"I have to write code!", said my wife, day 1 after starting her masters, quite excitedly.
"I have to write code....", said my wife, after getting her first assignment, dejectedly.
"I wrote code, but the code doesn't work!", said my wife, after spending a few hours on her first assignment.
"I wrote the code, and it is working, but now I want it to do more!", said my wife, after completing her first VBA assignment.
I sat there, slightly amused. There was something always fascinating of writing a bunch of code, and then hitting a button, and then seeing something happen. I still get that feeling - although the stakes are a bit higher now. It is now more along the lines of doing a big refactor, and have the integration and unit tests pass first time. Or slogging through a bunch of code, only to be left frustrated and walking away for a few minutes, and then coming back, making a small tweak, and things start working again.
"I don't understand how to do this. Why can't I just do X and have Y happen?", says my wife, as she now starts a slightly more complicated assignment.
"I dimmed this and now its not working!", said my wife, after trying to declare and define a variable (I politely explain that Dim is short for Dimension, and dimmed as a verb is not in the standard nomenclature).
"... I then do range open parenthesis quote A two colon B twenty two...", as my wife tries to recite code over the phone to me during a live debugging session.
She found her next assignment quite daunting - iterate over a list paragraphs, find words with more than N characters, count the number of occurrences in all paragraphs.
"Have they gone over loops? No? What about data structures? Yes... array thingies are data structures", as I quiz my wife about she has learned as I try to guide her to coming up with a solution for her latest assignment.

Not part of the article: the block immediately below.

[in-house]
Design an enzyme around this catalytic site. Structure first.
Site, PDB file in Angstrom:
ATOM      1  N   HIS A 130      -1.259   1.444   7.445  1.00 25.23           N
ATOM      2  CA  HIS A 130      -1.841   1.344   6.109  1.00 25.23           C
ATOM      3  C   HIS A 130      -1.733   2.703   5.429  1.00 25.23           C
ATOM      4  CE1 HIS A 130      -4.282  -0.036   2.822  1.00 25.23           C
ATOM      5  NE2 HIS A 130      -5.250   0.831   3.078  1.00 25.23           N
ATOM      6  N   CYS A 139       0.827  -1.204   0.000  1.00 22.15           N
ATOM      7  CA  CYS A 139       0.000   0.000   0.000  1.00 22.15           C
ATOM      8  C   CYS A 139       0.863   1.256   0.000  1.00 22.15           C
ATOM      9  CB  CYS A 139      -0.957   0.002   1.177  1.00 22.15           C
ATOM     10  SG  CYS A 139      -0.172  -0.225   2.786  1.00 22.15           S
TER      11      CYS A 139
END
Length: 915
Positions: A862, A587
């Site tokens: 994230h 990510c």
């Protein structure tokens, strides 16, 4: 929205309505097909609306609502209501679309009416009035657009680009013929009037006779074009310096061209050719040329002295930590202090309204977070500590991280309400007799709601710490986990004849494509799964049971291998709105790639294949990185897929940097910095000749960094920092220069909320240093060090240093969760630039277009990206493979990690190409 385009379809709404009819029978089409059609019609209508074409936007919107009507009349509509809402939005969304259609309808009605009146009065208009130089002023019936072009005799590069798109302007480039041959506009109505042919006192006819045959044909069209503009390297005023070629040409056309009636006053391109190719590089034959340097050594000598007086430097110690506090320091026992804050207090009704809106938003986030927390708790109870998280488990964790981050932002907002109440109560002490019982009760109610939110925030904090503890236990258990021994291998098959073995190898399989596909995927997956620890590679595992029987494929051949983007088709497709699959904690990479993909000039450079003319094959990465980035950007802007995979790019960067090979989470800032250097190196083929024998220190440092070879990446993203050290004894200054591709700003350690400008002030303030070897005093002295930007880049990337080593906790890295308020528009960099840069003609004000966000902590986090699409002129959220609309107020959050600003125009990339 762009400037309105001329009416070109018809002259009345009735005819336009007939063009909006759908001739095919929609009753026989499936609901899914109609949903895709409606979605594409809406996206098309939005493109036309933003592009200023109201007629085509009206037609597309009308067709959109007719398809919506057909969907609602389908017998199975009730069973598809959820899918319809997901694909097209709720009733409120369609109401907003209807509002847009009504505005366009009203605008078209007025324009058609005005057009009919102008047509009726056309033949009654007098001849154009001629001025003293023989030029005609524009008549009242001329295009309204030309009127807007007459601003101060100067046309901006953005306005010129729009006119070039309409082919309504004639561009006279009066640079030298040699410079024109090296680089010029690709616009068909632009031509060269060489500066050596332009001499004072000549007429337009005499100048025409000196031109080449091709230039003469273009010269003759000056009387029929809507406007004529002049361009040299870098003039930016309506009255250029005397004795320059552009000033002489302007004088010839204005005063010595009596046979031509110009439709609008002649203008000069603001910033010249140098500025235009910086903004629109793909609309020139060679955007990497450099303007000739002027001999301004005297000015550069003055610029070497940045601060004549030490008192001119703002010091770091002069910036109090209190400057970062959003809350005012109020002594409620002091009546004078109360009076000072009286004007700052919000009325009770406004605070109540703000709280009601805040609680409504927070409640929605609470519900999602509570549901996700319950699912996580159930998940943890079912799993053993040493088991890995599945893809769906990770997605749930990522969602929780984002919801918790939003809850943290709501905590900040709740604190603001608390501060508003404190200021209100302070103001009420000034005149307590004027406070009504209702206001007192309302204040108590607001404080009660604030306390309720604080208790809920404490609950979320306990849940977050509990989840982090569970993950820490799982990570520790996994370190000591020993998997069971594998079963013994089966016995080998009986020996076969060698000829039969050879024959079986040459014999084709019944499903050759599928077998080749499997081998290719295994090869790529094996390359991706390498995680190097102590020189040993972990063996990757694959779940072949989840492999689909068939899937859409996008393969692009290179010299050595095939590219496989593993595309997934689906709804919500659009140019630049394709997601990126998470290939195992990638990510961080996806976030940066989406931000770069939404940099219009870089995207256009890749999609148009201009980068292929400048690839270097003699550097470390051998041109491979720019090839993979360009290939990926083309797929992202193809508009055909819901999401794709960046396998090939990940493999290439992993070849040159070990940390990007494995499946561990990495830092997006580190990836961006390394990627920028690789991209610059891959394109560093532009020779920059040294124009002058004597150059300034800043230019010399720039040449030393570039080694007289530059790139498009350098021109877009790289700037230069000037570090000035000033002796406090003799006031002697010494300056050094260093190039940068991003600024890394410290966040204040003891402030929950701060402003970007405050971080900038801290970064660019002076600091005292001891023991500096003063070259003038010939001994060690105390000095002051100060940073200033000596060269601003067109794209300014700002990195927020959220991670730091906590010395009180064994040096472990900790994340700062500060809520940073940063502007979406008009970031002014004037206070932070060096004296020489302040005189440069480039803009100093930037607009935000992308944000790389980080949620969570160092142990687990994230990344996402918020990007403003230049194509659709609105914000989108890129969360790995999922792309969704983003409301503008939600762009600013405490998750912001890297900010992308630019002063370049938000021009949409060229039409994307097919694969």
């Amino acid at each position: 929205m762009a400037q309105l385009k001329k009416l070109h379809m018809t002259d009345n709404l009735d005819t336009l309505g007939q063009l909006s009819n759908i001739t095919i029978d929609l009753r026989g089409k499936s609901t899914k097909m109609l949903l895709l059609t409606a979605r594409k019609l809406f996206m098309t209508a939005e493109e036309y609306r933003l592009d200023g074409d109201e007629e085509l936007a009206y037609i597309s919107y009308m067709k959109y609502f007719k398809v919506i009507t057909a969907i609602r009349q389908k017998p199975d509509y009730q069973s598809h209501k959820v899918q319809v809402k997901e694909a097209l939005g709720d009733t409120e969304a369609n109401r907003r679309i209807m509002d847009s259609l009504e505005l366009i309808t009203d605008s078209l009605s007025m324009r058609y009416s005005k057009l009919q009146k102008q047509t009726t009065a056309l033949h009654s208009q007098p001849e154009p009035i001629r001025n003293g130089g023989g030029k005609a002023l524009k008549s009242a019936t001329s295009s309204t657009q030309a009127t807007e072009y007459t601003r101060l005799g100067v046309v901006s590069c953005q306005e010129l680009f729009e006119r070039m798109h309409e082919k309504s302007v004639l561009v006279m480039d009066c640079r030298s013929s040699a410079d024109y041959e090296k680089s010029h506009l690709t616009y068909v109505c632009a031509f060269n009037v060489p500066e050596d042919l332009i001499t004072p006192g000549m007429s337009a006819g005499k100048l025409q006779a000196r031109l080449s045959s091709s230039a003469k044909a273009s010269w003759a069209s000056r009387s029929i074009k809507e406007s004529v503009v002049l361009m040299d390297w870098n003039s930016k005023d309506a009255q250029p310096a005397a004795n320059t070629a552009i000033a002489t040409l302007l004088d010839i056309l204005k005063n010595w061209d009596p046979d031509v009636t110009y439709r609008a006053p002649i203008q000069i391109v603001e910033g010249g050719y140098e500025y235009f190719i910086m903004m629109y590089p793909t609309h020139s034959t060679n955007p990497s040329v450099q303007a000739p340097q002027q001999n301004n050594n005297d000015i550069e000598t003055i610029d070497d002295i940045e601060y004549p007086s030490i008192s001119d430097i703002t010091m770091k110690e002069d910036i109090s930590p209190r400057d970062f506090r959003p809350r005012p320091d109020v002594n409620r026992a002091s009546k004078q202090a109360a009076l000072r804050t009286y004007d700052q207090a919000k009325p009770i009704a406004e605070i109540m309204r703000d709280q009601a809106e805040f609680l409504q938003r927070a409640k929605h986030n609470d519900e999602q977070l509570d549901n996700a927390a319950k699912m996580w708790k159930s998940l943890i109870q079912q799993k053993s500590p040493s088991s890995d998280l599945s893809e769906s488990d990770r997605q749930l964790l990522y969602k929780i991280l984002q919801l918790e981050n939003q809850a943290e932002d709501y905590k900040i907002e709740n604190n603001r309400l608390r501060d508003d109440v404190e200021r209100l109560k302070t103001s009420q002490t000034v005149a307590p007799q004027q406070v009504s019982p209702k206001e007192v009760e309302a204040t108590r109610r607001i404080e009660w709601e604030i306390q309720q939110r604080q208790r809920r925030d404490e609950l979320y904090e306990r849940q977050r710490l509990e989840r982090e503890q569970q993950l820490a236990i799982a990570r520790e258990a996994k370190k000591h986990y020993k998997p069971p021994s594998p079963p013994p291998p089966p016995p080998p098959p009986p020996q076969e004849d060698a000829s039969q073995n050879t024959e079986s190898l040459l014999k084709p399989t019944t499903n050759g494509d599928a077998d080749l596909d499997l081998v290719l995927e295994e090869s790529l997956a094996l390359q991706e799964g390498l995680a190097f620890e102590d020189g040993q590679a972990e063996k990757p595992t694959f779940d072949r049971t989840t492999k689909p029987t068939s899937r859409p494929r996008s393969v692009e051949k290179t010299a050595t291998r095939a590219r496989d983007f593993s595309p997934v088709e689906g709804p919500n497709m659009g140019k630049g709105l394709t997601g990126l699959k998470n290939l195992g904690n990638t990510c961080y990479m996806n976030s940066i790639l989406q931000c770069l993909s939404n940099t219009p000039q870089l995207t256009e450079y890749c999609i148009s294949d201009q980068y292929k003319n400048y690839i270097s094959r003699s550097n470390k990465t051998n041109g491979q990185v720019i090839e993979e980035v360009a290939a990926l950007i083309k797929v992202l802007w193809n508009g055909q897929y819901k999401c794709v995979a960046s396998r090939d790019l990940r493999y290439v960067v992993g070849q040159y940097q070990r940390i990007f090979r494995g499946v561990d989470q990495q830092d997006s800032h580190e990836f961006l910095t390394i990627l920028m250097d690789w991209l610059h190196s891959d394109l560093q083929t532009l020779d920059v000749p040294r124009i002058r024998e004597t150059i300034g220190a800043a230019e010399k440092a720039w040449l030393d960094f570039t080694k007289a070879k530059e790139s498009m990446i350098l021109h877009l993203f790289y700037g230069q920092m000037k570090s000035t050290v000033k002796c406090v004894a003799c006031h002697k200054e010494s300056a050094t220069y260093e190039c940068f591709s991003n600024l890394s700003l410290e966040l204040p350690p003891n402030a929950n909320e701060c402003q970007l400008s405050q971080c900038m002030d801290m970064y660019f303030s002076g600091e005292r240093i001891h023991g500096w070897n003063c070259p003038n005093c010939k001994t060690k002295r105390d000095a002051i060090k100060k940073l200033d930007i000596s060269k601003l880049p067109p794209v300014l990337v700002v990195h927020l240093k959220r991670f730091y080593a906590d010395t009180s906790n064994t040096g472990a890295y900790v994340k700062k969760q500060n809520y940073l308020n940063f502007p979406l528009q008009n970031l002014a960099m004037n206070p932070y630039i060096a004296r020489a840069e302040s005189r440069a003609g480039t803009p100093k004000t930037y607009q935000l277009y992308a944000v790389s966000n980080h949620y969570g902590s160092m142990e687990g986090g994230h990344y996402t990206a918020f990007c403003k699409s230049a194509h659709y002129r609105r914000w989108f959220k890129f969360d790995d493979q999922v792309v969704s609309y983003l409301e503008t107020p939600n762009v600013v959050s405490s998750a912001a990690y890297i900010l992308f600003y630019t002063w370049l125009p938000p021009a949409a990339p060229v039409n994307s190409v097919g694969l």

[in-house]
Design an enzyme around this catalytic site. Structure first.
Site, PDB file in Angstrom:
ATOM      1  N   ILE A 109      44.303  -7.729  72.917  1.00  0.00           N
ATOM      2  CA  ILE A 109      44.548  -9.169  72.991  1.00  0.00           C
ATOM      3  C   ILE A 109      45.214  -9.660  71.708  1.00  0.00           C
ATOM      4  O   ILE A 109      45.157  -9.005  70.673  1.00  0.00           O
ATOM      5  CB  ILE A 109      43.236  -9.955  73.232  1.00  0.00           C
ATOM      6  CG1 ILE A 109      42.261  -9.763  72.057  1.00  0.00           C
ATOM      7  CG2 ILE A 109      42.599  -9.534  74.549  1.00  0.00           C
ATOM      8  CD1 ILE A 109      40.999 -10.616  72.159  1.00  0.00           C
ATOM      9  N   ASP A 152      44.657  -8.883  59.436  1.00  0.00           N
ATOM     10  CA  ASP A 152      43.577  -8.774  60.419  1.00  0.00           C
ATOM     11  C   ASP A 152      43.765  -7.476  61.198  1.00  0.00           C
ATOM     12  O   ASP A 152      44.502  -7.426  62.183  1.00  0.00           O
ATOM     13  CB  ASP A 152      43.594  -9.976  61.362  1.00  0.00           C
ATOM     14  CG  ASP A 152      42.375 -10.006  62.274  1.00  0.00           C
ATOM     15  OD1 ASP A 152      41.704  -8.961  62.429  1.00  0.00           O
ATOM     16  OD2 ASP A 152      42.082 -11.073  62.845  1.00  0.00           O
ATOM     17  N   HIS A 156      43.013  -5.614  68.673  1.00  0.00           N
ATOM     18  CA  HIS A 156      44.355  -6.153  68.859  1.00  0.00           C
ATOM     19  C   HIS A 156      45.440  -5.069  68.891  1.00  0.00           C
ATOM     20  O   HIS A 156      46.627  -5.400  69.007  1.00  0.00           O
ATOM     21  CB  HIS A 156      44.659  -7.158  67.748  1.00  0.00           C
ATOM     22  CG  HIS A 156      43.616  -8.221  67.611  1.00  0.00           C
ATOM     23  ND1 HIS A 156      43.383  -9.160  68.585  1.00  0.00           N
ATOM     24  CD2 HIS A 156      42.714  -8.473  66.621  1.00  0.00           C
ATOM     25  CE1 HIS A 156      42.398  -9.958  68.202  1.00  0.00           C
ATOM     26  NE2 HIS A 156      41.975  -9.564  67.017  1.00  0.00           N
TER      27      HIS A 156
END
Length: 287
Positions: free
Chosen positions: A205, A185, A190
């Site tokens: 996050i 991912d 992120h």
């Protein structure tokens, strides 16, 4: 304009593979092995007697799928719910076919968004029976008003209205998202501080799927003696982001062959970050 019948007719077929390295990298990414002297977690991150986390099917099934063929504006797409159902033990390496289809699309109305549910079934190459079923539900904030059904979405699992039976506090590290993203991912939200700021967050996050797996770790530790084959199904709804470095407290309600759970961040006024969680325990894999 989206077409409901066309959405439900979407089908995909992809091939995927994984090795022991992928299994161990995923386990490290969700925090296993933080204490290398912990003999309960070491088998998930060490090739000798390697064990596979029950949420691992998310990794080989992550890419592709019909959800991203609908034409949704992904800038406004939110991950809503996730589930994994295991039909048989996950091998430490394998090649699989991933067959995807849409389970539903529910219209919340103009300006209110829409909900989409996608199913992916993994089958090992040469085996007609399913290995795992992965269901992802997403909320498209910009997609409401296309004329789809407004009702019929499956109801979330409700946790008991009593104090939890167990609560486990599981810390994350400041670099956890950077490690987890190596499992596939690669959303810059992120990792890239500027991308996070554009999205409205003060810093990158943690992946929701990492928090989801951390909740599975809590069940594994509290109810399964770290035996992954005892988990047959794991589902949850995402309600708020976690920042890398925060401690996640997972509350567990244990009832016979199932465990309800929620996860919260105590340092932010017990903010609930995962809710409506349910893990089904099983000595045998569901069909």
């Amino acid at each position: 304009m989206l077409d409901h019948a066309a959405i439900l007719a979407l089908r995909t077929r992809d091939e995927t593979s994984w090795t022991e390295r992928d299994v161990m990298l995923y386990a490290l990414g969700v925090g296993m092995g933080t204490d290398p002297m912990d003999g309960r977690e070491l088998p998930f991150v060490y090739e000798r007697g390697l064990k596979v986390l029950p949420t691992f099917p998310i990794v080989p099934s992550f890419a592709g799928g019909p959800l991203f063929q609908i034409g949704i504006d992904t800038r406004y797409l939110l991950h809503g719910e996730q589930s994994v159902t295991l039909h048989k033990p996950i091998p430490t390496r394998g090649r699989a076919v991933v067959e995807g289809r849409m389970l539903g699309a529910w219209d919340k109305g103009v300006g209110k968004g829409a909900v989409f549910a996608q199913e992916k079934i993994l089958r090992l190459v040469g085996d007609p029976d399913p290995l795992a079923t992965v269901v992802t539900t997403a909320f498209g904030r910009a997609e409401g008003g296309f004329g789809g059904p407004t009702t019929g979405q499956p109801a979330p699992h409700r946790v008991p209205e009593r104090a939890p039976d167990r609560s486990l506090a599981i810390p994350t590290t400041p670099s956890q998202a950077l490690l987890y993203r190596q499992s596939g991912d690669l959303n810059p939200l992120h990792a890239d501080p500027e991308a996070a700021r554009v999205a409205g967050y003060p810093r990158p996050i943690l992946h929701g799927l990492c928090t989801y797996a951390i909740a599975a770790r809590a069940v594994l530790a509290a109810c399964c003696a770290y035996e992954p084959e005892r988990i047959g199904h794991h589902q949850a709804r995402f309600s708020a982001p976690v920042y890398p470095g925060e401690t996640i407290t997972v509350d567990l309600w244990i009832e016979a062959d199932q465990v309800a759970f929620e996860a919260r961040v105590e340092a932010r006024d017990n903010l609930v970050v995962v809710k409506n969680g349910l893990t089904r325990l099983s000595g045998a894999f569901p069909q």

"Here is what the output of your macro should look like, once you are done.", I say showing her the output after writing about 20 lines of ruby code.
"Is this in your ruby thingy you use for work? HOW DOES THAT HELP ME?!", says my wife, somewhat annoyed at how easily I wrote the ruby script.
I admit I was showing off.
But, these few interactions have reminded me that there is more to what we (as people who push buttons to make the rectangle of lights do what we want) than write code. And further, teaching code - that is the syntax and grammar of software - without high level theory, such as data structures or algorithms, or at least how to use arrays with sorting or search algorithms (if not how to implement them), is a tremendous disservice.
It would be like teaching someone the english language, and then ask them to write a sci-fi novel, without teaching them the basics of literary elements.
So, I kept telling my wife to take a step back, and not to worry about the VB code just yet. I asked her to describe the problem she was trying to solve. Then, to break problem down into smaller problems. Soon, she realized that the entire project boiled down to a few core problems, that were repeated in a larger and larger scope.
Now, armed with her VBA for Dummies book (assigned course reading, apparently), she started working through each of the smaller problems. When she ran into something she didn't know, she would turn to google, like she did before. But to her surprise, she was able to find results now, especially on that "stack overflow thing".
Before, she would search for "find unique words in a list of paragraphs VBA". Now, her queries were more specific - "split words on space VBA", "find word in range VBA", "loop through cells in a range".
As her assignments grew more and more complex, I kept reminding her that before she can start solving a problem, she needed to understand the problem. Once you understand the problem, then you can go about asking for help.
I think that last bit of advice is important, even for me, and even for things unrelated to coding, or engineering. We are often in such a rush to solve the problem, we try to short circuit to find a solution, without stopping to understand, I mean really understand, what the problem was to begin with. Understand it so that you can confidently explain it to someone without prior knowledge of the situation, so they too can understand it.
My wife was able to handle the coding assignments with ease, and pass the class with a grade she was proud of.
I still can't get her to stop calling snippets of code "A code".